Pick a venue
There are a lot of channels you can use, but the most important element is that it’s visible to the audience you want. Do some research and figure out which channels your target audience is already using, then go there.
Keep it manageable, you’re only one host and you don’t want to spread your party too thin. Don’t feel like you need to put content out on all channels at once. Start small and build your way up.
Plan your menu
If you are going to host a successful party, you need a strategy. What is your overall theme? What’s on the menu? Who is going to be at your party; are there any food allergies or aversions you need to consider? This is where strategy comes in.
Know your audience. Put your goals in writing. Consider what content areas you’ll focus on. Jot down four or five categories for content to help keep your message consistent. You should even include specific keywords you want to incorporate into your content.
Create an itinerary
Break it down. You need to know when it’s time for the pinata to come out and when it’s time to dim the lights for dancing.
Of course, I’m talking about creating content calendars. Build a schedule with planned posts across your marketing channels keeping your content categories and keywords in mind. Of course, you can’t plan everything, you’ll still need to log in and check for conversation, but you can create a content calendar to help you plan and organize what you’ll post a week or month out. Content calendars help you keep posts consistent; you can even schedule them in advance.
Everything is planned, it’s time to send out invitations. You can literally invite guests to your Facebook page with the Build Audience options in your admin panel.
When it comes to Twitter, following others first is a good way to let them know you’re out there and encourage them to follow you back. Cross marketing is important too. If you want your Web visitors to find you on Pinterest, make an icon on your home page that leads them to your Pinterest account.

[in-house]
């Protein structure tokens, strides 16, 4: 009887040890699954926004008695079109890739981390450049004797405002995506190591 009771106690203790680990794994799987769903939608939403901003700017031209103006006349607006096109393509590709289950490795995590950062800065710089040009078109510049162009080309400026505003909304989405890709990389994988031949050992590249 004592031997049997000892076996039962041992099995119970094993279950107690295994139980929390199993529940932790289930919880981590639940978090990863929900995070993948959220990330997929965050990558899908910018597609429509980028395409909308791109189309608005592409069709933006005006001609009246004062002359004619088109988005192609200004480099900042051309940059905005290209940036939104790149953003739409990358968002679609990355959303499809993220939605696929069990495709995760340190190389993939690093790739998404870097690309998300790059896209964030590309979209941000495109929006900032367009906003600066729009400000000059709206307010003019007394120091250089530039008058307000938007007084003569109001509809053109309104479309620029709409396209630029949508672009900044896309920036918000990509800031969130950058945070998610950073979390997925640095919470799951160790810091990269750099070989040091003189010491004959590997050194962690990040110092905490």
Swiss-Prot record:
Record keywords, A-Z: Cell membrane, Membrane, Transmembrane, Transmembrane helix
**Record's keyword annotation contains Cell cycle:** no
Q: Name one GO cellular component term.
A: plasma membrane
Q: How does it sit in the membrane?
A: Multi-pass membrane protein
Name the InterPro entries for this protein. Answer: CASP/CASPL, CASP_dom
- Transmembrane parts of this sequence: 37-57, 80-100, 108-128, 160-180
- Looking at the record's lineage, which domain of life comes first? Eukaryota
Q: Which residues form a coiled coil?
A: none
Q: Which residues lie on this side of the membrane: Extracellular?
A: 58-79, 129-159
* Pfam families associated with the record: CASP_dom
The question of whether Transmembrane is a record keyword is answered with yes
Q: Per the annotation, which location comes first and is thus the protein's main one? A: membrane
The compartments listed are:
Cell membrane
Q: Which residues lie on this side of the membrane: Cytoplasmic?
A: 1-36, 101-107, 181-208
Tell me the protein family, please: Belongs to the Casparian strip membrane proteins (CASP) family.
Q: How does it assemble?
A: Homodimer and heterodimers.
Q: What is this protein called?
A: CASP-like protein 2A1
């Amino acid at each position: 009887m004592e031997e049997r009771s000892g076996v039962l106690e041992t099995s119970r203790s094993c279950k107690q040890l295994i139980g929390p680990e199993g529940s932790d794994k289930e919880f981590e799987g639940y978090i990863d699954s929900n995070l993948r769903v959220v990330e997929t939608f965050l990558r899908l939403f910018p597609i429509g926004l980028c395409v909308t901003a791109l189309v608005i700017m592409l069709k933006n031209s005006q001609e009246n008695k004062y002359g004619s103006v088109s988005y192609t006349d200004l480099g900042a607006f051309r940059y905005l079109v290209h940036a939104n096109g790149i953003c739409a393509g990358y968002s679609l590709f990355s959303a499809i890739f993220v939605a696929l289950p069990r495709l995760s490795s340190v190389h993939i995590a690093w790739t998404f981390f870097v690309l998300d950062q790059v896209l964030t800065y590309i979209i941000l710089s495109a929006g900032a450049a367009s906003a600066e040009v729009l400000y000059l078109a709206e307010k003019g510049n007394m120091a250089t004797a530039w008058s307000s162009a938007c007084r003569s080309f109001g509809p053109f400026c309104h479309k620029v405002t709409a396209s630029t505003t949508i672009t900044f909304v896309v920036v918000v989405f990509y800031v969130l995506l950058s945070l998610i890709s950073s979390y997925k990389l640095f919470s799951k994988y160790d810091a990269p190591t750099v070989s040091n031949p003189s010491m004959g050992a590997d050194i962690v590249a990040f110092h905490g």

Remember, when it comes to party guests, I mean, Twitter followers and Facebook likers, quality trumps quantity. Create content to appeal to the audience you want, not to attract the most followers. A million likes and followers won’t do you any good if no one is engaging with your content or none are prospective clients or customers.
You have a venue, a strategy, you’ve invited guests, now it’s time to party. Don’t be a wallflower, you’re the host!
Post, say something; get a conversation started. Don’t be worried about putting the wrong thing out or looking stupid, you can always delete. Besides, the more you post, the better feel you will get for what your audience responds to. Cater your content to what’s working; to know what that is, you need to join in.
You are the host, but that doesn’t mean you have to do all the work. You put all the pieces together so others can help you spread your message. Encourage conversation by sharing others content and commenting on it yourself.
When you’re planning your content party, keep in mind that content marketing isn’t about pushing products, it’s about creating conversation. You aren’t throwing a Tupperware party here, it’s more of a Jay Gatsby style party. So, let’s do it; let’s get this party started!